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Communion 2011

Hollow Man

Originally scheduled for May 8

Have you ever noticed that the military likes to recruit using slogans which ask if you have what it takes? American business is much the same way. They're always looking for people who have what it takes to become a high-ranking executive, a dynamic manager and leader of people. Most major corporations have programs which specifically look for such individuals. Have you ever seriously looked at one of these people? It's a disturbing life:

·        Such a man is always "on.” He is an actor, constantly on stage.

·        In the saddest sense, he is a "company man." The company owns him.

·        The longer he is such a man, the more he becomes what we call an "empty suit." He is hollow.

How does a man get that way? It's not something that happens instantly. But it is something that happens from the inside out. To rise up the corporate ladder, he accepts the values and ethics of his corporation. The Christian knows what those are. Those values hold things like money is the most important thing; power is extremely important; and prestige is more important than life itself. It's like a diet. If you want to lose weight, you have to change what you eat. If you want to become the corporate man, you have to change what you eat — spiritually.

Perhaps that is why Christ, introducing us to the Lord's Supper, said that this is his body, this is his blood. Various Christian denominations dispute what this means in the physical sense, and dispute it vigorously. But there is little difference in the views of what it means spiritually. Spiritually, you take in Christ. That may seem hard to understand; but let's look at it in the light of one of the other things he said: "I am the way, the truth and the life."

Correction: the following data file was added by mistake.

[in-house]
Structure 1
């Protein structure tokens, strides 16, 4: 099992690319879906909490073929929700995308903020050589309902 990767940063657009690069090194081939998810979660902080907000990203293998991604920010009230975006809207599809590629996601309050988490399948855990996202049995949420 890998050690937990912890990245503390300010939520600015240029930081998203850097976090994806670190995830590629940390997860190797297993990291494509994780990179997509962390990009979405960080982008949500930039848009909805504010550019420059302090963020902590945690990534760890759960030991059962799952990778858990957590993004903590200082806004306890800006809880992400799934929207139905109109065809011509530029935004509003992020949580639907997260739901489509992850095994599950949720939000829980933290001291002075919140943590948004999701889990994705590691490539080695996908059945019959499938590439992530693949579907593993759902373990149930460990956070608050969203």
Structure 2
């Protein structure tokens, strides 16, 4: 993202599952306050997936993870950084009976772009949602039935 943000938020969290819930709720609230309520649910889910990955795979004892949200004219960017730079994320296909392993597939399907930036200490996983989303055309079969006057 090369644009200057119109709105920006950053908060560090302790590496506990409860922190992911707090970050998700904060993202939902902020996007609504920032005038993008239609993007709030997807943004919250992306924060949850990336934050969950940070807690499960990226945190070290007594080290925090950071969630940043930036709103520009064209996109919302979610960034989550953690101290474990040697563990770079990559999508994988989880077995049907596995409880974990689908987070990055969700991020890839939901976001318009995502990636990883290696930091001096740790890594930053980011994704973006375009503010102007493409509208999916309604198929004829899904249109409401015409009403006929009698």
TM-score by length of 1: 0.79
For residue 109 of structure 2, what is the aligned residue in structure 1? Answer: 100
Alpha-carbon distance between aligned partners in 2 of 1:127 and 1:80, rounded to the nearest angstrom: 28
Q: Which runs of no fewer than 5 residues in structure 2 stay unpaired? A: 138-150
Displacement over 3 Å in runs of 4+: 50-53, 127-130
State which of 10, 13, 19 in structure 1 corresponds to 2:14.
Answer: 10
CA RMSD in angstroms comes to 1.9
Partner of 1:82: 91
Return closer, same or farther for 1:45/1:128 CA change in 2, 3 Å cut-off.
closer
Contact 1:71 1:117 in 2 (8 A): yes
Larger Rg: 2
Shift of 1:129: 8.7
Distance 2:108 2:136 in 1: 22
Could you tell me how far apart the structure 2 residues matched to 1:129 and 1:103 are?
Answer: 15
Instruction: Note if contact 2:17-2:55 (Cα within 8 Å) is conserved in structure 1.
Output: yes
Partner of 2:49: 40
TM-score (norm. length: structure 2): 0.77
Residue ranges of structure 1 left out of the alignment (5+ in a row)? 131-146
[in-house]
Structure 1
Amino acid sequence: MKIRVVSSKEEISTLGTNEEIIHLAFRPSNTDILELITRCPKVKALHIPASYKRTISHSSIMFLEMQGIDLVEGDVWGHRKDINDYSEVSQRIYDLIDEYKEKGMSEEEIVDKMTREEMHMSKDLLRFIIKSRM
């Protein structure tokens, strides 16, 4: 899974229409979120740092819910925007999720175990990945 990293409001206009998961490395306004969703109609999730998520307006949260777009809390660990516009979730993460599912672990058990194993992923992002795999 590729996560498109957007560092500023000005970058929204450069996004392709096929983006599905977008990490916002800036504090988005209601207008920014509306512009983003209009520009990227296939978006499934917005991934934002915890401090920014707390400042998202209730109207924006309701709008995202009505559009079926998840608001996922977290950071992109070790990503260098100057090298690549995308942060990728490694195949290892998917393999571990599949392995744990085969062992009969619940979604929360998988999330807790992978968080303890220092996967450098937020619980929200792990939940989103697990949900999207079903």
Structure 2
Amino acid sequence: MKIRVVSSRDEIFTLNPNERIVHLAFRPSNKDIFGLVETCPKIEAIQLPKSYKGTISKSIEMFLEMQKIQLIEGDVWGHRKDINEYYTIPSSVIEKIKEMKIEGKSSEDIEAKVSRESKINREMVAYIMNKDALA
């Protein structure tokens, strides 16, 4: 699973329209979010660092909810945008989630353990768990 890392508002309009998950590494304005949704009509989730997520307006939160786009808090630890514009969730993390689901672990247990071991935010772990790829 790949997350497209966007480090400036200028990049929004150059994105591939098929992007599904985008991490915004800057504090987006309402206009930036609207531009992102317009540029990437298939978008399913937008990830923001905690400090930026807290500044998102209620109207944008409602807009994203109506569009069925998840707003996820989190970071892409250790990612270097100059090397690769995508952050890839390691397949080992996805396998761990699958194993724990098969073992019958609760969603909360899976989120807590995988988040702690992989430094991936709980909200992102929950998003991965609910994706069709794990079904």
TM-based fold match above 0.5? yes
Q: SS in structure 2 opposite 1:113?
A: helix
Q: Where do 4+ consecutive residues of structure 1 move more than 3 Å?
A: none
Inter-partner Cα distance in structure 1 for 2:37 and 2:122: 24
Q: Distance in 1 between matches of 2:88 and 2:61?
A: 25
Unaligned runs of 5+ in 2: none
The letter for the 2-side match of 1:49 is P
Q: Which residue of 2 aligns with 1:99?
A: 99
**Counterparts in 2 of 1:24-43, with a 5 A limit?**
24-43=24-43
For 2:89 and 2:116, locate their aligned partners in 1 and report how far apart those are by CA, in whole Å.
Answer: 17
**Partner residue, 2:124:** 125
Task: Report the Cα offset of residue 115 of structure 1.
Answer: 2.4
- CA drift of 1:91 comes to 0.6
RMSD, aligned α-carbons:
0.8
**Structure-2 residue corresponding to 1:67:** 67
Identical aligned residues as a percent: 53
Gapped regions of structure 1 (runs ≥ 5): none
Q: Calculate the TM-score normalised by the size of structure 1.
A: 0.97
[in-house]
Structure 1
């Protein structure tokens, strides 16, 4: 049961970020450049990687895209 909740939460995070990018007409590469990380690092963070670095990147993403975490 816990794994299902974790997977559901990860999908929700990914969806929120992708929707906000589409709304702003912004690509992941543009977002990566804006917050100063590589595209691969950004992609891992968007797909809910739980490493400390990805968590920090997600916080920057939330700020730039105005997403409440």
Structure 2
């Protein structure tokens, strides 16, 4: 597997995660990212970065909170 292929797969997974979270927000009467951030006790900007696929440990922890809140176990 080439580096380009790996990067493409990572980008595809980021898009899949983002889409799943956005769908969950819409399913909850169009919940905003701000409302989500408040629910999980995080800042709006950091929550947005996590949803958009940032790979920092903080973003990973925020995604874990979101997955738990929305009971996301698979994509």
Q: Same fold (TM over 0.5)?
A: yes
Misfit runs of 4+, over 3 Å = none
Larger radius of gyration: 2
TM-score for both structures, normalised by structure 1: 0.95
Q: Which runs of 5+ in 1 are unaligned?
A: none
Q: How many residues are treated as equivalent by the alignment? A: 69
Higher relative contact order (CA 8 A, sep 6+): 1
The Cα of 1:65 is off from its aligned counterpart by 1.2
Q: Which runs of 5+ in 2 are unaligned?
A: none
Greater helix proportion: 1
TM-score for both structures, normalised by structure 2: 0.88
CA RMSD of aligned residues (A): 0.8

·        He is the way. To accept this means that you follow him and his teachings, studying his words and make them your own. It means you put them into practice.

·        He is the truth. In our day, when truth seems to have become as firm as gelatin, he is still the rock. What he tells us is true, and we should live by it.

·        He is the life. Without him there is no living, no real living. Ultimately, at his return, we find that there are those who live with him and those who experience the second death.

So it comes down to this: which kind of man do you want to be? Do you want to be the man who is hollowed out by the world, or the man who is enriched from within by the living Christ? You proclaim an answer to that every time you take communion; does that answer reflect the real you?

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